Some 13,000 people took to the streets in the Bavarian town of Erding in southern Germany on Saturday to protest what they called "heating ideology."
However, it was not global warming that they were rallying against, but rather a law put forward by the Green Party — one of the members of the ruling coalition — to replace oil and gas heaters from next year.
Bavaria's state premier Markus Söder — from the center-right Christian Social Union — also took part as the protest's main speaker.
But a representative of the Free Democrats — the pro-business party in coalition with the Greens — was also there, highlighting the main threat to the Green-led legislation securing passage in the Bundestag, possible opposition from within the ruling coalition.
'Stop the heating ideology'
Söder took to the stage to launch his tirade against the governing coalition, but was met immediately met with boos which were attributed to supporters of the far-right Alternative for Germany (AfD) party who had shown up.
"Get lost," some in the crowd shouted at him. "Get lost yourselves," the state premier shouted back.
Söder said that Saturday's demonstration had nothing to do with the "anti-democrats" — referring to the AfD. The far-right party was holding a smaller protest nearby after being told not to take part.
The CSU leader went on to attack the Greens, saying that those who were protesting would say yes to climate protection, "but no to this heating law."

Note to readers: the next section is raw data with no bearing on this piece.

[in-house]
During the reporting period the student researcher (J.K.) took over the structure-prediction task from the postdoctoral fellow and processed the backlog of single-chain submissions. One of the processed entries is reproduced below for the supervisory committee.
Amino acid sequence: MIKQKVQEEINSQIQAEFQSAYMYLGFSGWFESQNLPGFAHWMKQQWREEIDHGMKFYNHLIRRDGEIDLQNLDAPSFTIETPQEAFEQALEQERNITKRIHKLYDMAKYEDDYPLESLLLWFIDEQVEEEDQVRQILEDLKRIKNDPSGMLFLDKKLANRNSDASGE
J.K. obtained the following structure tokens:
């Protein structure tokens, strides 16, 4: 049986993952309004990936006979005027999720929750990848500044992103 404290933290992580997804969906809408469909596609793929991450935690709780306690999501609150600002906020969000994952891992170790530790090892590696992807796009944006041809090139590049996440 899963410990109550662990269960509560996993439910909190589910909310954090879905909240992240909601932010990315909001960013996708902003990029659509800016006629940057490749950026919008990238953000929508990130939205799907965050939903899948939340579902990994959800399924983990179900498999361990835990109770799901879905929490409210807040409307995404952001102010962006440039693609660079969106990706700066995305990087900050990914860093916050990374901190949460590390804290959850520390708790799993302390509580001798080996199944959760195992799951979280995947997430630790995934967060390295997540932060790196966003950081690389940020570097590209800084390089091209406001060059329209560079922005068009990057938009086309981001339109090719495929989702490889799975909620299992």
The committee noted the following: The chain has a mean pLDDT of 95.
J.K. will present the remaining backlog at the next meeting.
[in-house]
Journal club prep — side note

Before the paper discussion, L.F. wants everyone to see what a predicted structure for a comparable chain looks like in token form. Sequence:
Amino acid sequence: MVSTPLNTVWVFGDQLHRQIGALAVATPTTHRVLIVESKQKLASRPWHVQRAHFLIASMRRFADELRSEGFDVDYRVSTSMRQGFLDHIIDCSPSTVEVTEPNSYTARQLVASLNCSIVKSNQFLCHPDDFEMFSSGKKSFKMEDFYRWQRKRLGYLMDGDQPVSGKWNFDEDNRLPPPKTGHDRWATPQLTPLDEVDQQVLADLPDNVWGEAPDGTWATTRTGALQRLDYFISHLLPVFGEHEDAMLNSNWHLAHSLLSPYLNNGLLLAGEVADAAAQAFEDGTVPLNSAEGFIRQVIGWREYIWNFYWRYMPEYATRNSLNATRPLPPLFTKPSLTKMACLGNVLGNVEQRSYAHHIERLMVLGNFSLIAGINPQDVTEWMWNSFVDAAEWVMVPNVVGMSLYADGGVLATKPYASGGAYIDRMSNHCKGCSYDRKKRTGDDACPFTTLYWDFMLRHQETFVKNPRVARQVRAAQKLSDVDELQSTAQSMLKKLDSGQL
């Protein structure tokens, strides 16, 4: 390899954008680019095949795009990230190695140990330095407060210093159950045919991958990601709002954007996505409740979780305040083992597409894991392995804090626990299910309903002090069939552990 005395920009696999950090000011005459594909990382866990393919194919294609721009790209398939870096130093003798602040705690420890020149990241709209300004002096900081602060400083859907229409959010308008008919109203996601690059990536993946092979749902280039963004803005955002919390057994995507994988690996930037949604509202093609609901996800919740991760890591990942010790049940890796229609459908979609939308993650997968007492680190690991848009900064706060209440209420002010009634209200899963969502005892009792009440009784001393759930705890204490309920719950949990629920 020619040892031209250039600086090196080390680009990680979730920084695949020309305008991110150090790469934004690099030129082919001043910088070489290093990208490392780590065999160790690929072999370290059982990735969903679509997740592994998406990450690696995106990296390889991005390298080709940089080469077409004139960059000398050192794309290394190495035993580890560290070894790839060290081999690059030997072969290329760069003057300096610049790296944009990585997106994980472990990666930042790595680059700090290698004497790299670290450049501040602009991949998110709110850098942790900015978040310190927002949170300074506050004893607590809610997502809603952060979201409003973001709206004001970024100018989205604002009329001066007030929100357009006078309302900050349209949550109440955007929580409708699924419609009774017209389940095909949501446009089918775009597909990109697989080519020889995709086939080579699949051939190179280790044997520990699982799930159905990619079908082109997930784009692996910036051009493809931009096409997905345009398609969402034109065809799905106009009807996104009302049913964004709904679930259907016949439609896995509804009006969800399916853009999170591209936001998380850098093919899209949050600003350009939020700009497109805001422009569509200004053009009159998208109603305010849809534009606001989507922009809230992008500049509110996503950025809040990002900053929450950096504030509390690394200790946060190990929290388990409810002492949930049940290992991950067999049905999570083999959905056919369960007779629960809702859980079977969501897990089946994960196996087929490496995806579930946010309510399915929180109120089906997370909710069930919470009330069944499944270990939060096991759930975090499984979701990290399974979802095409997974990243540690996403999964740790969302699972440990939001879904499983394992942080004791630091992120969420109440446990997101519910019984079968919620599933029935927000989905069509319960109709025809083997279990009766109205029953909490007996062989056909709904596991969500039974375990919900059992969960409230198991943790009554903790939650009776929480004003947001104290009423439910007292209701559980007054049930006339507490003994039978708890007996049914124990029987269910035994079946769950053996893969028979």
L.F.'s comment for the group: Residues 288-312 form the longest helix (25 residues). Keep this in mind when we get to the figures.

He also railed against "forced veganization" and "forced gendering" of language, neither of which are part of any existing or planned legislation.
What is the heating law?
A bill put forward by the coalition government, which includes the center-left Social Democrats along with the Greens and FDP, seeks to mandate that as many new heating systems as possible be sourced from 65% renewable energy from 2024.
The switch is to be supported by government subsidies.
The law had already been agreed on in principle after the Greens made a deal with the FDP to back their proposal of extending Germany's highway network. But the FDP has since blocked the bill, causing a major rift in the coalition government.
Heating accounts for over 50% of final energy consumption — that's energy consumed by end users like households and commerce or industry — in Germany as well as 40% of emissions, according to the International Energy Agency (IEA).
ab/msh (dpa, AFP)